Pioneer in the field of public relations, now retired in Poinciana, is recognized for his contributions to the field.

Fernando Valverde assisted in developing the only public relations master degree in Puerto Rico and authored two textbooks on the subject. (Photo by Michael Freeman).

POINCIANA – Public relations, said Fernando Valverde, is a field that may not have fully received its due.
“This field goes back from 1920 to now,” he said. “I got involved in it in 1970. Back then, it was more social than business.”
The online dictionary Wikipedia defines public relations as “the actions of a corporation, store, government, individual, etc., in promoting goodwill between itself and the public, the community, employees, customers.” The World Assembly of Public Relations Associations defined it back in 1978 as “the art and social science of analyzing trends, predicting their consequences, counseling organizational leaders, and implementing planned programs of action, which will serve both the organization and the public interest.”
The Public Relations Society of America says this remains an active and thriving industry, and the society continues to host special events, including one on Thursday, Dec. 1 titled, “Social Media and New Media Public Relations Boot Camp: Learn Social Media Strategies for Effective Public Relations.”
Another group, which conducts studies on the public relations profession in Puerto Rico, just released a new report that identifies Valverde, a resident of Solivita, as a pioneer in this field in Puerto Rico, someone who helped it significantly mature and expand.
“It’s quite a distinction,” Valverde said. “I am one of what you’d call the founding fathers.”
The report was issued by the Global Alliance for Public Relations and Communication Management, the confederation of the world’s major public relations and communication organizations and associations. It represents more than 160,000 practitioners and educators around the world.
The confederation issued a report, “PR Country Landscape 201:Puerto Rico,” on the history and current state of the profession in Puerto Rico. Authored by Mari Luz Zapata, it reflects the history of public relations development in Puerto Rico from 1920 until 1981.
Among the senior practitioners highlighted in the study is Valverde, a 32-year veteran in the field, citing him as “a prominent figure in its development in Puerto Rico” whose contributions were “significant” during a crucial period in the practice and profession’s definition and development.
Valverde was born in the Dominican Republic, then moved to the United States when he was three years old. He grew up in this country, though he would later spend 10 years in Puerto Rico, working in this field – and he helped it evolve in some significant ways, including academically.

He would eventually return to the United States, and, now retired, lives at the Solivita development in Poinciana, where he remains an active member of several local civic groups, including the Veterans Club of Solivita and the Poinciana Residents for Smart Change.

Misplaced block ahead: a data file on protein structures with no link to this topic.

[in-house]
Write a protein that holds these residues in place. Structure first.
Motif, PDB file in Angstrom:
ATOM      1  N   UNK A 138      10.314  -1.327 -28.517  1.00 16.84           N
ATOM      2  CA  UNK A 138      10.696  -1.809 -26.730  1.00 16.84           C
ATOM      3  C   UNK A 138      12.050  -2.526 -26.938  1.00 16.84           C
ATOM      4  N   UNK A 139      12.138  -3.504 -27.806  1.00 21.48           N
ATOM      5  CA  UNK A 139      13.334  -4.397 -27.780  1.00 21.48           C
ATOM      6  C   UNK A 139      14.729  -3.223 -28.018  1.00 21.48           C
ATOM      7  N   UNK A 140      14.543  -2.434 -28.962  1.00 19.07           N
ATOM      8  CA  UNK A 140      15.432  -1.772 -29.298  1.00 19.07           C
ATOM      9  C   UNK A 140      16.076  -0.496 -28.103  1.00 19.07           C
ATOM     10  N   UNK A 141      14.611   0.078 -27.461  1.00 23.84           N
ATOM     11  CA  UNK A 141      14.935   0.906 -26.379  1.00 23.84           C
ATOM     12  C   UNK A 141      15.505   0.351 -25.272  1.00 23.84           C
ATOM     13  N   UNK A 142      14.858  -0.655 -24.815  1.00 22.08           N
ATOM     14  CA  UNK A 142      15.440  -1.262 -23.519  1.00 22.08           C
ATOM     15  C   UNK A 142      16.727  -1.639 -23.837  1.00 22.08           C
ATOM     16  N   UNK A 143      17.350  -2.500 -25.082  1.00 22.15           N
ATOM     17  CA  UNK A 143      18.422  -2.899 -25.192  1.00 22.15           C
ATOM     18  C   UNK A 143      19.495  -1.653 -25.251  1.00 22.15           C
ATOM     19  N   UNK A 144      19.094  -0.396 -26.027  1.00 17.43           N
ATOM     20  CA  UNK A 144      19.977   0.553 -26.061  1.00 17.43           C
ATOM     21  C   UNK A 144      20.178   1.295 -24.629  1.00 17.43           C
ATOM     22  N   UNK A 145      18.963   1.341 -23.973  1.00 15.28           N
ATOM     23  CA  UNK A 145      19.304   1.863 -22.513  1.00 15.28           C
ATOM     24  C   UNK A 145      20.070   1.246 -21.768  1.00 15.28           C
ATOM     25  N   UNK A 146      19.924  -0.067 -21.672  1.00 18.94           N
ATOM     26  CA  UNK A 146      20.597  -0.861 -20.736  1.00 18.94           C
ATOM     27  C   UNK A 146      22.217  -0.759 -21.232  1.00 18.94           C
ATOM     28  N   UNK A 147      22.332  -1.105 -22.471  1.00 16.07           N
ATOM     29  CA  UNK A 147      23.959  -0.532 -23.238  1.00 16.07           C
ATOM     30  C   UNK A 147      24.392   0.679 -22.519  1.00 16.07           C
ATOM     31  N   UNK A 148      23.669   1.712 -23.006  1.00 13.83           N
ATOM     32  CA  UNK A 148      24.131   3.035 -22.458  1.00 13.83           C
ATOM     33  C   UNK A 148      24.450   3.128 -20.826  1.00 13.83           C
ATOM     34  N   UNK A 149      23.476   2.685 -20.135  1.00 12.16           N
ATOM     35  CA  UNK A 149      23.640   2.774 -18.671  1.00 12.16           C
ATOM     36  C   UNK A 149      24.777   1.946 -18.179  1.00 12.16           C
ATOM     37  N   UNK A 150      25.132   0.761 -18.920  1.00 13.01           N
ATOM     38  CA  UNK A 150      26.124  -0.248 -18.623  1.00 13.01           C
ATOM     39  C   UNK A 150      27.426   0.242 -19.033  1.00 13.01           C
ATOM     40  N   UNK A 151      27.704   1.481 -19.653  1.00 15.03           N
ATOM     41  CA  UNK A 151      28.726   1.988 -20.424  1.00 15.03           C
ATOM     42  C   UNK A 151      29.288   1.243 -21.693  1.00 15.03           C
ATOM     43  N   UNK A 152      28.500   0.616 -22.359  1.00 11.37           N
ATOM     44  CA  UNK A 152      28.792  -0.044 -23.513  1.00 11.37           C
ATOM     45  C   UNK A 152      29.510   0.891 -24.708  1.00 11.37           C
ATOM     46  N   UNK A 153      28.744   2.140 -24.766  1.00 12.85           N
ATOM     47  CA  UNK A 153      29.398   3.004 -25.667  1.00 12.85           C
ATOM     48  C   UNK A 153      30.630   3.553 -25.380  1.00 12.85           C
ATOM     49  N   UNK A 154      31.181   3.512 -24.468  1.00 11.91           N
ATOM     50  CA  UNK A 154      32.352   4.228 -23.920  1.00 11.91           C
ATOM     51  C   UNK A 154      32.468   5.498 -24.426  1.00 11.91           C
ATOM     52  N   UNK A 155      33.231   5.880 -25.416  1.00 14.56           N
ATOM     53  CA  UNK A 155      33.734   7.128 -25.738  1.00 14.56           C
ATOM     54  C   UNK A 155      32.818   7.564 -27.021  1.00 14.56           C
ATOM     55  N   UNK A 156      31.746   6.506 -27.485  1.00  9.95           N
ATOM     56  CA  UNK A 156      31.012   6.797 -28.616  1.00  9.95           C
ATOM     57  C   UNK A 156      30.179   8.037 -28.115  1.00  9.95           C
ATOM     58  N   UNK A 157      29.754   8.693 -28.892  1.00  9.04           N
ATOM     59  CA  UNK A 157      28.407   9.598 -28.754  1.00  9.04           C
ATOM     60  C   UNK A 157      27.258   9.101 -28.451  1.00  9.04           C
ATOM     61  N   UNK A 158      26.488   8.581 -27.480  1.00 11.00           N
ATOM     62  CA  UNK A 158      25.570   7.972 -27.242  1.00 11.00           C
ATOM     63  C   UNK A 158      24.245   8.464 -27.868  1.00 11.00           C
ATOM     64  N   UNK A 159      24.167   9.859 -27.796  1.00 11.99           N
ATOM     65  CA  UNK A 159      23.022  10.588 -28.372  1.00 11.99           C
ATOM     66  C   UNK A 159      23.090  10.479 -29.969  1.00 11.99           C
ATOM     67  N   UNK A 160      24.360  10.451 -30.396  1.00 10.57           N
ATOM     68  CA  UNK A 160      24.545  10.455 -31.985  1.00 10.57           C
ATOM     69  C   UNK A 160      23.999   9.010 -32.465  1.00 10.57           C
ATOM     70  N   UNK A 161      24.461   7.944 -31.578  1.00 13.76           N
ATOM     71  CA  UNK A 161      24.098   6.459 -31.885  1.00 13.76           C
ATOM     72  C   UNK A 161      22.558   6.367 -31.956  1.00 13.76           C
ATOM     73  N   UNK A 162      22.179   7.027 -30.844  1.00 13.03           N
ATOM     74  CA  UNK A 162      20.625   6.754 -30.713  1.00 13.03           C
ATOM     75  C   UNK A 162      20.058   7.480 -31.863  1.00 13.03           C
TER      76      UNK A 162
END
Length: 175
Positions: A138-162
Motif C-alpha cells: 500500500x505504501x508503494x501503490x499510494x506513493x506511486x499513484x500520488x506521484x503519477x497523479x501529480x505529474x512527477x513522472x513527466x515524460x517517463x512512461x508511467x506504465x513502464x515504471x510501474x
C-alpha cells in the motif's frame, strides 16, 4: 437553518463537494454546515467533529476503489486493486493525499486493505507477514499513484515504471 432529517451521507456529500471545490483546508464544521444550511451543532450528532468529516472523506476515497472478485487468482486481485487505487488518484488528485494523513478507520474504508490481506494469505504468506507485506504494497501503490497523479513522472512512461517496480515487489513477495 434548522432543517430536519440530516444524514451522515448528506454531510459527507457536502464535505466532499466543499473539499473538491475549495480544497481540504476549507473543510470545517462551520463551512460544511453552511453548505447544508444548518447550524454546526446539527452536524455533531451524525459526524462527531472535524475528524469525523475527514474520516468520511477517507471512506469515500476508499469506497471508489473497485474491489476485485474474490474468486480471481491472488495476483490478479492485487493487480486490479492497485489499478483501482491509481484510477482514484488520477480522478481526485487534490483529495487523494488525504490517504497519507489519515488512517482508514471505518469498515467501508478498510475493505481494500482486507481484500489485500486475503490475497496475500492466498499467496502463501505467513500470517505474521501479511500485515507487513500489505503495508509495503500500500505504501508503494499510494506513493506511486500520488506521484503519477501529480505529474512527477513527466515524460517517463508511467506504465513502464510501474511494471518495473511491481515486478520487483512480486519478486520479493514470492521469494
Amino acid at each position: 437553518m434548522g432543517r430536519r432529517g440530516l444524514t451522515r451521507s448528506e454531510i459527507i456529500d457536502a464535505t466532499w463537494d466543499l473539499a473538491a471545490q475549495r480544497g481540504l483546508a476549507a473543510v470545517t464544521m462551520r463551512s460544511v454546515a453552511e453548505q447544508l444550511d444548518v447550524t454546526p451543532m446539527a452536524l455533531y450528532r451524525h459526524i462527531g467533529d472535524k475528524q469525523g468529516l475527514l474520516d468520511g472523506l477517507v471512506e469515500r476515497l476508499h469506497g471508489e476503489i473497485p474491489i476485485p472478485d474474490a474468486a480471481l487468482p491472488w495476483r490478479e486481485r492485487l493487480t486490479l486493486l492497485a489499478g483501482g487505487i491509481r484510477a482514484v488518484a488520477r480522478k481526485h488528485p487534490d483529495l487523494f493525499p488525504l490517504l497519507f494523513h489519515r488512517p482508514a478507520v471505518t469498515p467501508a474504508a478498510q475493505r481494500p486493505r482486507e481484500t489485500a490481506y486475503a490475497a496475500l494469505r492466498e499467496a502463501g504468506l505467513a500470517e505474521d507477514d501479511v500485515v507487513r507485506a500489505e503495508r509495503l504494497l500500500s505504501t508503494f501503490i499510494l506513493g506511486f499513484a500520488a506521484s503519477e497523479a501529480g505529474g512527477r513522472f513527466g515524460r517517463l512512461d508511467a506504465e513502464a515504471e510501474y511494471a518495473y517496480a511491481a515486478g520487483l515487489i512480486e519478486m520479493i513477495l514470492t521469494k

Valverde said he sees public relations as both an art and a science, and defines the field as a “management tool of modern communication for developing long range public opinion programs designed to earn the public support from specific stakeholders.”
He added, “The profession has evolved and adapted to answer the cultural and societal needs of our days. Today’s modern parameters of public relations go above and beyond to reach, through research–based strategic communications, the areas of government affairs, corporate governance and issues management as well as support to marketing and branding, crisis communications and management counseling.”
Valverde also played an instrumental role in the process of accreditation of this profession in Puerto Rico.
“Accreditation is a volunteer program,” he said. “You pass a test, a written test and oral test. It’s like taking the bar exam or a medical license test. You do it because you want to improve your standing, and you want to show you have the education and experience needed.”
This process enables professionals in this field to become APR – accredited in public relations, also know as “ Fellows.”
“I assisted in developing the only public relations master degree at the time in the island, and was a part-time professor for over 12 years at Sacred Heart University,” Valverde said, adding that he was also the author of two textbooks on the subject. Today there is a a class room at the university dedicated in his name, where students who are future practitioners meet and work on projects and use the archival reference library.
Puerto Rico is the fifth nation worldwide that mandates a license with ethics compliance, required studies and continued education, for the practice of modern public relations. The other countries are Brazil, Peru, Nigeria and Panama.
“I have been blessed to face many challenges and opportunities in my life through the association with three leading public relations firms and community endeavors,” Valverde said. “During my career, I had the fortune to advise numerous clients, institutions, and community organizations. One of the best life satisfactory experiences has been to mentor outstanding younger professionals and practitioners who have been responsible for change in Puerto Rico’s public relations industry. My memory can list at least 25 successful ‘new pines’ in the industry.”
“PR Country Landscape 201:Puerto Rico” was released in August 2011, and produced by Zapata, a doctoral student in journalism and mass communication of the University of Florida. The complete study can be found at www.PuertoRicoCountyLandscapes2011.

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